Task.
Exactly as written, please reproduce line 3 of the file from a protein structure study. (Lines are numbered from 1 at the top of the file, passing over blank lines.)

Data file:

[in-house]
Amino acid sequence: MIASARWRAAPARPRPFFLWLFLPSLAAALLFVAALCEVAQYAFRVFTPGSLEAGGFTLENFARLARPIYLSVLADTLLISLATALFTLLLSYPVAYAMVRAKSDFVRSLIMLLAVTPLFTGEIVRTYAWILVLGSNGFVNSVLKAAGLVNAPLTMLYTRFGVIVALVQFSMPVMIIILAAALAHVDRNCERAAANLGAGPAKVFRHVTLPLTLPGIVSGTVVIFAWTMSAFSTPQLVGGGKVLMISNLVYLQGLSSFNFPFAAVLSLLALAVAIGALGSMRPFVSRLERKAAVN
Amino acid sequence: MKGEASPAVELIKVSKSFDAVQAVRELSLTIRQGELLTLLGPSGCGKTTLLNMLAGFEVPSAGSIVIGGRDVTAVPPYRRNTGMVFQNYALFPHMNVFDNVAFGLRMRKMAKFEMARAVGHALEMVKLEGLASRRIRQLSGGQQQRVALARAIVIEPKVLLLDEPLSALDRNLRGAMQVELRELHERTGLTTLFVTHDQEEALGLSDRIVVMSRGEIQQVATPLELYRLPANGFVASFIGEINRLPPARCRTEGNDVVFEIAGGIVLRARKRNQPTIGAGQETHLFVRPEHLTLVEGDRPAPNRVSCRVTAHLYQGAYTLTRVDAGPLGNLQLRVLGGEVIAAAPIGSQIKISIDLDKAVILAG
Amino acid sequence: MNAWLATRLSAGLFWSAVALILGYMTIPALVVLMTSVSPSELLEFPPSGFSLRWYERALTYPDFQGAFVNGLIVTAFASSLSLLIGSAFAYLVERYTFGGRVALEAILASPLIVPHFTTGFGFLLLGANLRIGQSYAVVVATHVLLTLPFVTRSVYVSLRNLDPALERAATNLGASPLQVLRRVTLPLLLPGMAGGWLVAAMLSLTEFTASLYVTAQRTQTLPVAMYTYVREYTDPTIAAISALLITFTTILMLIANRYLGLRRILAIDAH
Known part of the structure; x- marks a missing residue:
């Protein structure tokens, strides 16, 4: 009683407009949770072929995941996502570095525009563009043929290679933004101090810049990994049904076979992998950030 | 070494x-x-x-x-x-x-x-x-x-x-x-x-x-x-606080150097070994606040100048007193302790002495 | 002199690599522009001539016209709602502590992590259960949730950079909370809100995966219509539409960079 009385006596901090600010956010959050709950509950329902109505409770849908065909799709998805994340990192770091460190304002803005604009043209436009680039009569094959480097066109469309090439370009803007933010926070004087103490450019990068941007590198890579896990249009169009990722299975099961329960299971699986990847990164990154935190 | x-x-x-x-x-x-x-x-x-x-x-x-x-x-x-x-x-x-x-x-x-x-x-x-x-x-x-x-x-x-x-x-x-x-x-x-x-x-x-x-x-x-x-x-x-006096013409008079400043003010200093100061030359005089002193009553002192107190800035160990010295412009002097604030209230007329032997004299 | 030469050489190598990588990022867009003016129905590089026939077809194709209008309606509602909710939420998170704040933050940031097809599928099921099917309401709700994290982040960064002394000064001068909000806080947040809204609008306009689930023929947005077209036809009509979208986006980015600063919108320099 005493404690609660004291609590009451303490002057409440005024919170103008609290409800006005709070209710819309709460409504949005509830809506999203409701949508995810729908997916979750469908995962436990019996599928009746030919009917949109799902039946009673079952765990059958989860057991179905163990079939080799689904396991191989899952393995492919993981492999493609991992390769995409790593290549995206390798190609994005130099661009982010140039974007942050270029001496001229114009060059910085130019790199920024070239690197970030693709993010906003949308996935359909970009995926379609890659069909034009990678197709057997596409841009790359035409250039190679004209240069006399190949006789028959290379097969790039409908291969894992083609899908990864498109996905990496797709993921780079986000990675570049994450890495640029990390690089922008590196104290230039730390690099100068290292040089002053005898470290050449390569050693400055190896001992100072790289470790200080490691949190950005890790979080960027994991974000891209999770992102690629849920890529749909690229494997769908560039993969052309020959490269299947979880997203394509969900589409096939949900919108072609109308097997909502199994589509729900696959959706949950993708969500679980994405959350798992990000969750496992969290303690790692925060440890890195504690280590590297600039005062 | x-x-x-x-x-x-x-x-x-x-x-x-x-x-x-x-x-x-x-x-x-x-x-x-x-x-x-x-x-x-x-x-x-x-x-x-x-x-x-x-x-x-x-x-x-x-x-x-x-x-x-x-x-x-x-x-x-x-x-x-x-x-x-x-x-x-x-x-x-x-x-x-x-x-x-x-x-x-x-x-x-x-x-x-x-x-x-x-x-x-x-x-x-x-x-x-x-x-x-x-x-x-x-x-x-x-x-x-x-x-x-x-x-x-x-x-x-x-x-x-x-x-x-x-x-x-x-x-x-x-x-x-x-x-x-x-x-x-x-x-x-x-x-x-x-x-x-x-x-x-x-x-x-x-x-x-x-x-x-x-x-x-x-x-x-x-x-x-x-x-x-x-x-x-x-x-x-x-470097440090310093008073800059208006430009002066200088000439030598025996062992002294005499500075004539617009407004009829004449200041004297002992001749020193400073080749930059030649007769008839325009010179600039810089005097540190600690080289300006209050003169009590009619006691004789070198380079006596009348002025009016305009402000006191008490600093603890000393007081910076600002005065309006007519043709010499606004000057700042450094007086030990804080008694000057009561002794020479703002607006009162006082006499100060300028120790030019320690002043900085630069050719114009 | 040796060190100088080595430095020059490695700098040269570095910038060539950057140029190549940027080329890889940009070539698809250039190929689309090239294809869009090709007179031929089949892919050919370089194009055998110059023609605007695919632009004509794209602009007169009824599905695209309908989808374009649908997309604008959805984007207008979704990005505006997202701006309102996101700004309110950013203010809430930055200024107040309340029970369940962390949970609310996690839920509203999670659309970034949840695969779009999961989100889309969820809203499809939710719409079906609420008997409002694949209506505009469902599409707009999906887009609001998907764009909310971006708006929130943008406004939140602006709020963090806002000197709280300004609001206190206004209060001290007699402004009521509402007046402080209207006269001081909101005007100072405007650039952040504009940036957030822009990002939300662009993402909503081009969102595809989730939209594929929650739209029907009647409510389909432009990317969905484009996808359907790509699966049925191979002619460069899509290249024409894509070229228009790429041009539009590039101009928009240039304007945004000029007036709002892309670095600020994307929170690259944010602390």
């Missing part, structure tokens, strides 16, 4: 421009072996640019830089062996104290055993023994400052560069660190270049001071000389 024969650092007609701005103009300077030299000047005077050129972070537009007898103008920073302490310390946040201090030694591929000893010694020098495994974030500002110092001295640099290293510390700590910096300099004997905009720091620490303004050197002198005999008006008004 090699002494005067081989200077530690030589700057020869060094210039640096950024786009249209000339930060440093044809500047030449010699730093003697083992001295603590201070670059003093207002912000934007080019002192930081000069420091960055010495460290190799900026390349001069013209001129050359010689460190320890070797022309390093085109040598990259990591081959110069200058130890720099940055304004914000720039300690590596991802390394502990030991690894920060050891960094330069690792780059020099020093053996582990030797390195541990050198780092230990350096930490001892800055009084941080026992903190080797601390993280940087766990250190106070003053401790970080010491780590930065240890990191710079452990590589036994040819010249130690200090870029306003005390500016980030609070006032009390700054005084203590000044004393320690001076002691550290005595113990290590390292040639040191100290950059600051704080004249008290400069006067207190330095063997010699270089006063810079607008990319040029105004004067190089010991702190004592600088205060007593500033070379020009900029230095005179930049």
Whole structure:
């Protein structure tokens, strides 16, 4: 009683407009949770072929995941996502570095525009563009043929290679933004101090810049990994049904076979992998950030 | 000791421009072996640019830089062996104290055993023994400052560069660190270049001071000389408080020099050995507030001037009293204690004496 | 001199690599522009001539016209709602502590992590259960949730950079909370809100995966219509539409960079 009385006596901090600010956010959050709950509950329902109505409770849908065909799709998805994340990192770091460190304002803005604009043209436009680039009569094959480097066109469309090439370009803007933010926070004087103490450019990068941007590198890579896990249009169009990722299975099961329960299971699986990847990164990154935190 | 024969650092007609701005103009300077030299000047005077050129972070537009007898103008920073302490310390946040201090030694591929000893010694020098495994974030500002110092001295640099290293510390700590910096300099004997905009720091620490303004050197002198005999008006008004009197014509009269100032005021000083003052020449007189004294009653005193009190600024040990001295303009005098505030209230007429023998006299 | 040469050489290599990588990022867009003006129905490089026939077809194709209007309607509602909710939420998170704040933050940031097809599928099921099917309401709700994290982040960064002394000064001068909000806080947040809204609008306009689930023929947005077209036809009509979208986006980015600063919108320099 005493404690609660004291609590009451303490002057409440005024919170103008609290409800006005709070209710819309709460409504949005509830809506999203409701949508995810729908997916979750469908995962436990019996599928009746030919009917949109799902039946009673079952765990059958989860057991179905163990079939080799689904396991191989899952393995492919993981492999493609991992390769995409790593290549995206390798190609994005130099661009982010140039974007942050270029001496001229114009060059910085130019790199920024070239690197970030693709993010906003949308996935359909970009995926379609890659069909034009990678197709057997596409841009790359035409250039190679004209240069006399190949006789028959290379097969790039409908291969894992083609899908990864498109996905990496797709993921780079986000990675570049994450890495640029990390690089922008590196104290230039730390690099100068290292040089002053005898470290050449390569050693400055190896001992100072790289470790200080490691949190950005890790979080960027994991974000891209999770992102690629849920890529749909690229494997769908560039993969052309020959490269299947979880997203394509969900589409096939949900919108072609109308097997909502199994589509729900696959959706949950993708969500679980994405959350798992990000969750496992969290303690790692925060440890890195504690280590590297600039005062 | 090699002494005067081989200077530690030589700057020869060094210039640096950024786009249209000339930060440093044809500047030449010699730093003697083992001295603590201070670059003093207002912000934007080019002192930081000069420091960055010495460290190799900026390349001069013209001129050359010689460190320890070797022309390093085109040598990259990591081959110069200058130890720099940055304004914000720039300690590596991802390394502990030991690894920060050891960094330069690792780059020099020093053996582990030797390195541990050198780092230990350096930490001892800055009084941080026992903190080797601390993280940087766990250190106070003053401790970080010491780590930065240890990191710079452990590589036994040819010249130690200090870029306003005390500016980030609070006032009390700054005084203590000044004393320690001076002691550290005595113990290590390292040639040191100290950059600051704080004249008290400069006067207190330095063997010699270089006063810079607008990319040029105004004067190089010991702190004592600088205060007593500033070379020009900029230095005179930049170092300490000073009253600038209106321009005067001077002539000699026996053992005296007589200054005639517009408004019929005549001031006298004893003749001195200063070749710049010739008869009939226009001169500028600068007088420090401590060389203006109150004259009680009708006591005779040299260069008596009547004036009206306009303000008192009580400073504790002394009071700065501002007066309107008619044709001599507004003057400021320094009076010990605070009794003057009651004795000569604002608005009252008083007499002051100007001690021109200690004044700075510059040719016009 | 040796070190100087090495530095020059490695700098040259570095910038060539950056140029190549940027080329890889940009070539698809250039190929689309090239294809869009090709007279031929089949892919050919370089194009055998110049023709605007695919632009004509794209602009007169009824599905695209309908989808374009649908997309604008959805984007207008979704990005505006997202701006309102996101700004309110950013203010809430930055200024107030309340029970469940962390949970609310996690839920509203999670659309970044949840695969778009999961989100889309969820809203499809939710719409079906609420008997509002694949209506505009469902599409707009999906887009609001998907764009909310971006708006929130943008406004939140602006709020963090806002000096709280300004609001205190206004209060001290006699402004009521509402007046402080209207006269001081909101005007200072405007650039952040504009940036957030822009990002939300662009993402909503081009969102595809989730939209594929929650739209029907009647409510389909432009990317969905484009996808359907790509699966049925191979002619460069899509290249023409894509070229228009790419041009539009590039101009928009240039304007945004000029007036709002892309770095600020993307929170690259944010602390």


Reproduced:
Amino acid sequence: MKGEASPAVELIKVSKSFDAVQAVRELSLTIRQGELLTLLGPSGCGKTTLLNMLAGFEVPSAGSIVIGGRDVTAVPPYRRNTGMVFQNYALFPHMNVFDNVAFGLRMRKMAKFEMARAVGHALEMVKLEGLASRRIRQLSGGQQQRVALARAIVIEPKVLLLDEPLSALDRNLRGAMQVELRELHERTGLTTLFVTHDQEEALGLSDRIVVMSRGEIQQVATPLELYRLPANGFVASFIGEINRLPPARCRTEGNDVVFEIAGGIVLRARKRNQPTIGAGQETHLFVRPEHLTLVEGDRPAPNRVSCRVTAHLYQGAYTLTRVDAGPLGNLQLRVLGGEVIAAAPIGSQIKISIDLDKAVILAG